The VCC crest (6), which the current crest replaced, had been Arsenal’s symbol since appearing in the first programme of season 1949/50. It would appear to have been in the minds of the Gunners hierarchy for at least a year prior to this. In the final matchday programme of the 1947/48 League Championship winning season, ‘Marksman’ (aka Harry Homer), the programme editor of the day, wrote: “...my mind seeks an apt quotation with which to close this season which has been such a glorious one for Tom Whittaker, Joe Mercer and all connected with The Gunners. Shall we turn for once to Latin? ‘Victoria Concordia Crescit’. Translation: ‘Victory grows out of harmony.’”
Two seasons later and Arsenal unveiled its new crest which incorporated Marksman’s Latin maxim. Tom Whittaker explained in the 1949/50 handbook (which also included the new crest) that the club had been impressed by Marksman’s motto and it had now been officially adopted by the club. The new crest also featured ‘Arsenal’ in a gothic style typeface, the westward facing cannon, the Borough of Islington’s coat of arms and ermine.
For the next 53 years this crest remained largely unchanged (7), though at the start of the 2001/02 season it was ‘cleaned up’ somewhat (8) for commercial reasons, with a solid yellow replacing the different tones of gold and Victoria Concordia Crescit written in a less ornate typeface.
The club’s identity has thus evolved over the years and the decision to formulate a new crest (9) in 2002 was taken to embrace the future and move forward. With Emirates Stadium on the horizon and the Gunners consistently challenging for domestic and European honours, the club believed it was the ideal time to introduce a new crest.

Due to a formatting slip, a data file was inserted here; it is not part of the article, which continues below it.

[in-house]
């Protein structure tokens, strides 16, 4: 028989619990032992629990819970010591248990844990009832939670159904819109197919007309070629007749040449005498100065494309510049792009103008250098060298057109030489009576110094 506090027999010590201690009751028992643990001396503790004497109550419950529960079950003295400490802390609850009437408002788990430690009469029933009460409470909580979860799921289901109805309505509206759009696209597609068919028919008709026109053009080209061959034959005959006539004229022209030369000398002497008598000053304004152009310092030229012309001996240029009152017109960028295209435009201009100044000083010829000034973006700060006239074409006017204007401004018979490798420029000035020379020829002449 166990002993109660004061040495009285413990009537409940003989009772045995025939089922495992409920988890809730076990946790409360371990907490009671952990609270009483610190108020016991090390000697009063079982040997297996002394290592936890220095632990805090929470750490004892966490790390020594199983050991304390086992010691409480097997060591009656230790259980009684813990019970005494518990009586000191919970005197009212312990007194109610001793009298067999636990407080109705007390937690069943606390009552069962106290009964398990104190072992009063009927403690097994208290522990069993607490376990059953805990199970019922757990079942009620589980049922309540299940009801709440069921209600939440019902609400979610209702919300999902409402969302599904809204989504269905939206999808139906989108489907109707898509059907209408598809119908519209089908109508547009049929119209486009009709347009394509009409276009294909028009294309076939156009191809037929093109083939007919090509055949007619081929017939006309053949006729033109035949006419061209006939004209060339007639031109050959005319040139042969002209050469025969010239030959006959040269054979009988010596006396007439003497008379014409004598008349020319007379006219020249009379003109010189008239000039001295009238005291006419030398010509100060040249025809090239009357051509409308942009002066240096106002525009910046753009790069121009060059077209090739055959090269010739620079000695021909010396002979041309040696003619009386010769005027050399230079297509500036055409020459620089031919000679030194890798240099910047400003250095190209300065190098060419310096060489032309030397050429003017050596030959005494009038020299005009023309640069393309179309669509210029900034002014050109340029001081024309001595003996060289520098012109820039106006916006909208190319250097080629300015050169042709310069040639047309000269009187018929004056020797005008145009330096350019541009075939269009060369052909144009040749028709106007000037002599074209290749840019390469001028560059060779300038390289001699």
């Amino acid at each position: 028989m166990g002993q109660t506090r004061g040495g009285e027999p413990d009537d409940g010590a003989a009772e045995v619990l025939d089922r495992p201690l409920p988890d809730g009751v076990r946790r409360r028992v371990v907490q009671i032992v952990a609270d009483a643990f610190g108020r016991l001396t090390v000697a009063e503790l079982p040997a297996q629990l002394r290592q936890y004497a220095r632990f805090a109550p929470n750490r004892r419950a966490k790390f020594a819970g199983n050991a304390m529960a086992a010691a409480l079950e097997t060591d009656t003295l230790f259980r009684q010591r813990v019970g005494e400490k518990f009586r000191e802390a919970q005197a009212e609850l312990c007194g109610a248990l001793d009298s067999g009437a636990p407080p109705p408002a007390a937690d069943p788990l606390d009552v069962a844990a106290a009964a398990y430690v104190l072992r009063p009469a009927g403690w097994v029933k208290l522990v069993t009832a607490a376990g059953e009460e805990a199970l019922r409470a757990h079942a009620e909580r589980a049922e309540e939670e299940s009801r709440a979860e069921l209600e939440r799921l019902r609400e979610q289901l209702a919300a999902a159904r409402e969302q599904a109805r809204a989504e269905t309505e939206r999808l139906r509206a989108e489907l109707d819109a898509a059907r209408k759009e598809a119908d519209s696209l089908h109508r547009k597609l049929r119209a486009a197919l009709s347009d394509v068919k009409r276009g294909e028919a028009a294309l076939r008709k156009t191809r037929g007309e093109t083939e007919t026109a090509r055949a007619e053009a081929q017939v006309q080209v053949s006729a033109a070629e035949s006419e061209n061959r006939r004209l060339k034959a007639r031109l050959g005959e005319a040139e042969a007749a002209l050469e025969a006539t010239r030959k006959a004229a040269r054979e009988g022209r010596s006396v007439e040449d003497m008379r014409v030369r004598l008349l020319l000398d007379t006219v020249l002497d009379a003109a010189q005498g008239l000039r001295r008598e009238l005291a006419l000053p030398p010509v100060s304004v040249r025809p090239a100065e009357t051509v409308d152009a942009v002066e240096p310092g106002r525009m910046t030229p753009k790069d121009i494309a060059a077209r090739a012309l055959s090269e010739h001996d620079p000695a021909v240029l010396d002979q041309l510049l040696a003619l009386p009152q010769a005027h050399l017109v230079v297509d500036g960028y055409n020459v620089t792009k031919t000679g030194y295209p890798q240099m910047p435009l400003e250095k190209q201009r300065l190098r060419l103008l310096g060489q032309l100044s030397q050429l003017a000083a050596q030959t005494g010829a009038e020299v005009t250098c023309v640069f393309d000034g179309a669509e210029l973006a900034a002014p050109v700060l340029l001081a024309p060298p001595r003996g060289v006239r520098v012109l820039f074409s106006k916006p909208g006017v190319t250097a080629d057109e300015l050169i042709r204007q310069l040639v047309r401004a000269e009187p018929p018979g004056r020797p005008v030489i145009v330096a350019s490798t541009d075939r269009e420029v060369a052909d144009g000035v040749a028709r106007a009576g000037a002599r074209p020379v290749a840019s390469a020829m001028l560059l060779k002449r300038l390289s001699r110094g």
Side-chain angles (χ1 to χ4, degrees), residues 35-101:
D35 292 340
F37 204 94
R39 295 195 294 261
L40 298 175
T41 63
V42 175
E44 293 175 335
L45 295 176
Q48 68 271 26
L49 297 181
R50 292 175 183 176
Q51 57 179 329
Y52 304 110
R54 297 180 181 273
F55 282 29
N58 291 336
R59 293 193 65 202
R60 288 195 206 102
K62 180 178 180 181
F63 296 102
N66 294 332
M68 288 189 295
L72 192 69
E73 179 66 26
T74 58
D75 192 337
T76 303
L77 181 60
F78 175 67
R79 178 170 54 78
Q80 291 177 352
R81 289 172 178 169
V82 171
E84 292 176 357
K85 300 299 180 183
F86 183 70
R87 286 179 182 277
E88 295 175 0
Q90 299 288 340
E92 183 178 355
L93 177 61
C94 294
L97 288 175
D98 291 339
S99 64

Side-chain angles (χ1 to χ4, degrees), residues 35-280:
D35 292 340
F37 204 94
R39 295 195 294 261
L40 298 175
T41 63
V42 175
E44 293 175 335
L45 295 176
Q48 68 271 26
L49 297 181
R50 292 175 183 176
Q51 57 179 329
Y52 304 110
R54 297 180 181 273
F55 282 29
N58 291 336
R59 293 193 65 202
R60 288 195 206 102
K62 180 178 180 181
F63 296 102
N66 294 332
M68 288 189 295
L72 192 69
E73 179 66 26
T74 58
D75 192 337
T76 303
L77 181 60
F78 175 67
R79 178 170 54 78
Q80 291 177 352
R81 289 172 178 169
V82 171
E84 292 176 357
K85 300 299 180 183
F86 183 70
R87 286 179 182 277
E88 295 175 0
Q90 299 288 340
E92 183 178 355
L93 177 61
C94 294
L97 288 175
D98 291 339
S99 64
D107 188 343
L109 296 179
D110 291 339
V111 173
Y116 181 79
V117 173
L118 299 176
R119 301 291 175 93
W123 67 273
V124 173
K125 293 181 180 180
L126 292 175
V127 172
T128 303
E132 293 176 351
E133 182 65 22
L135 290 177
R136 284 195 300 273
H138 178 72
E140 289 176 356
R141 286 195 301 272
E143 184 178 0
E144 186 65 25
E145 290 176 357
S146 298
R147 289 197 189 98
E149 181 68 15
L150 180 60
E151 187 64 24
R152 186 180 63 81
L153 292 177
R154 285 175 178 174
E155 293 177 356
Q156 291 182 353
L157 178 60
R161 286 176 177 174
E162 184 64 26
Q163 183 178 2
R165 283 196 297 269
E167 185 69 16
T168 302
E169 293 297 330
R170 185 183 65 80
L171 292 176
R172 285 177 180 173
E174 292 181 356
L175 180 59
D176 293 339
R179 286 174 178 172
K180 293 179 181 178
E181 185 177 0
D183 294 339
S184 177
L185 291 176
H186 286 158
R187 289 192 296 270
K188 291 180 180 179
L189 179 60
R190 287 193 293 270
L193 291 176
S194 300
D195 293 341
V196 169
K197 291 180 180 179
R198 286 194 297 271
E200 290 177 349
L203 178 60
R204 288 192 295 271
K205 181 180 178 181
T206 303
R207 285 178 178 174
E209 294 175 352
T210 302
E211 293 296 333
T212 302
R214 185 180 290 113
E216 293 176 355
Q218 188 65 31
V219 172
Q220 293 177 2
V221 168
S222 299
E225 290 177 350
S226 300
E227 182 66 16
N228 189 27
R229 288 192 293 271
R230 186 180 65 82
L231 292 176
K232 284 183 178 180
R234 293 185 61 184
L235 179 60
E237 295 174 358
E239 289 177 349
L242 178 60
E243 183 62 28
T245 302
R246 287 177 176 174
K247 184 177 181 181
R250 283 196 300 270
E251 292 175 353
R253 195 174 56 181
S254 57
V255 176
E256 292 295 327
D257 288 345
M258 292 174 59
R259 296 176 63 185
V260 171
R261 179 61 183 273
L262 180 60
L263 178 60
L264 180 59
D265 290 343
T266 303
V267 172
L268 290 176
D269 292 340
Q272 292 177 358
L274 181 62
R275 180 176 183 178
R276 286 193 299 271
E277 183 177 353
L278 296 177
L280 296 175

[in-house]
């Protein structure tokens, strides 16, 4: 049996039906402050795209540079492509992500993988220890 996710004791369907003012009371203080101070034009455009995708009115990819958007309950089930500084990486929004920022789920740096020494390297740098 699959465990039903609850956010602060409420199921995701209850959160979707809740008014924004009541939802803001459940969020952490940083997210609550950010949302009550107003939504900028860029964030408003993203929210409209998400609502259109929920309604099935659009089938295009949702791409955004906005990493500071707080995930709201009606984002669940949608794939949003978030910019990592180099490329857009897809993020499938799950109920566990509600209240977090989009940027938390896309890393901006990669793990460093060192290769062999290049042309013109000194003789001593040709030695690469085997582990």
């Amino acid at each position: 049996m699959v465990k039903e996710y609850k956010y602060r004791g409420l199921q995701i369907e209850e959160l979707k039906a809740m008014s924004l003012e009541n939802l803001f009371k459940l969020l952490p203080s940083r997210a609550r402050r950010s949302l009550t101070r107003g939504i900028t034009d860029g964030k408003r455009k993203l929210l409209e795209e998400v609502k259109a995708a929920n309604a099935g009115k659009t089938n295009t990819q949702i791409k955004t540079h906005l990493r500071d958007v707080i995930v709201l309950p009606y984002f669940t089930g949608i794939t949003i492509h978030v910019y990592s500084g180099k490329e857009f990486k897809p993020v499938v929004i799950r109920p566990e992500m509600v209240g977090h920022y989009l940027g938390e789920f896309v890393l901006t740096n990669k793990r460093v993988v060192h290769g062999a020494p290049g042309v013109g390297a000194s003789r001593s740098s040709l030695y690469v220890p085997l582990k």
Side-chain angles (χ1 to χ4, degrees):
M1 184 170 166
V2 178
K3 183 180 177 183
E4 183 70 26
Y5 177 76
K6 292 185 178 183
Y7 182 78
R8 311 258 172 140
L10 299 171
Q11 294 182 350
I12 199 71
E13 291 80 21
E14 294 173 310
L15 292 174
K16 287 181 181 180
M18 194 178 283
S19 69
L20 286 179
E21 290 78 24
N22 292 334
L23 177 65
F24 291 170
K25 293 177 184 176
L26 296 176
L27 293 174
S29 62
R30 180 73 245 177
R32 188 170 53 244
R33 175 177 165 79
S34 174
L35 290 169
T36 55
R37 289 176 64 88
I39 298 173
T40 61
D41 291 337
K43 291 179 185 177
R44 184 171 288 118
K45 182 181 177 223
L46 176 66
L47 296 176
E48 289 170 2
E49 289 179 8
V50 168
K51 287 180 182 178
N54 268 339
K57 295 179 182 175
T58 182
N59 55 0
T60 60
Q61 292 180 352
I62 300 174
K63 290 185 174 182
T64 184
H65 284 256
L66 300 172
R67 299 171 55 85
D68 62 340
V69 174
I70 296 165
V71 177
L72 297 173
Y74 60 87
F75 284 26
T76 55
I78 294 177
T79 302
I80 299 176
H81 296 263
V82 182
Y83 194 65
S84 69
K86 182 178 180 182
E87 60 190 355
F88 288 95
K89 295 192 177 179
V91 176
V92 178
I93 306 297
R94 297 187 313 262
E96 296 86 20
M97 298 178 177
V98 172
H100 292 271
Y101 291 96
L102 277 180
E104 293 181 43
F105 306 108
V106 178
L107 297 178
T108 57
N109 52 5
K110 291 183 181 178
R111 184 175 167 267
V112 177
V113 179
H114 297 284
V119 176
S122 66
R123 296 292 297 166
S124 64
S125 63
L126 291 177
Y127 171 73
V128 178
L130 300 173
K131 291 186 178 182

The shirt for the 2011/12 season featured a special 125th anniversary crest design (10) combining the graphic of the first club crest with the current version.
The celebratory design features 15 laurel leaves to the left side of the club's crest to reflect the detail on the reverse of the six pence pieces paid by 15 men to establish the club - the laurel leaves also represent strength.
The 15 oak leaves to the right of the crest acknowledge the founders who would meet in the local Royal Oak pub. Underneath the crest is one of the first recorded mottos related to the armament and battle - 'Forward' - with the anniversary dates of 1886 and 2011 either side of the heart of the shirt.
THE ART DECO CREST
It was inlaid into the floor of the 'Marble Halls', it sat proudly over Highbury's main entrance on Avenell Road and was even forged onto the heavy steel doors themselves.
The hexagonal Art Deco "A-football-C" symbol has been synonymous with Arsenal Football club since the 1930's and still appears today on scarves, badges and mugs in the club shop; but what do we know about the history and design of this stylish Art Deco symbol?
Britain's leading authority on football stadia and author of 'Football Grounds of England and Wales', Simon Inglis, explains further...
"When Herbert Chapman took over the club in 1925 it took him a little while to appreciate what the possibilities of a club in central London were.
"One of the first things Chapman and Claude Waterlow Ferrier [the architect of Highbury's East and West stands] did was to "rebrand" the club.
"They created the symbol with the 'A' (standing for 'Arsenal'), the ball ('Football') and the 'C' ('Club'), which is in itself a fantastic piece of corporate branding.
"You look all around Highbury and you see examples of that. Taking football from the Victorian era into the 20th century. This is what Highbury embodied, the synthesis between architecture and innovation."
Although Chapman died two years before the iconic East Stand was opened his legacy and the symbol he helped to create live on.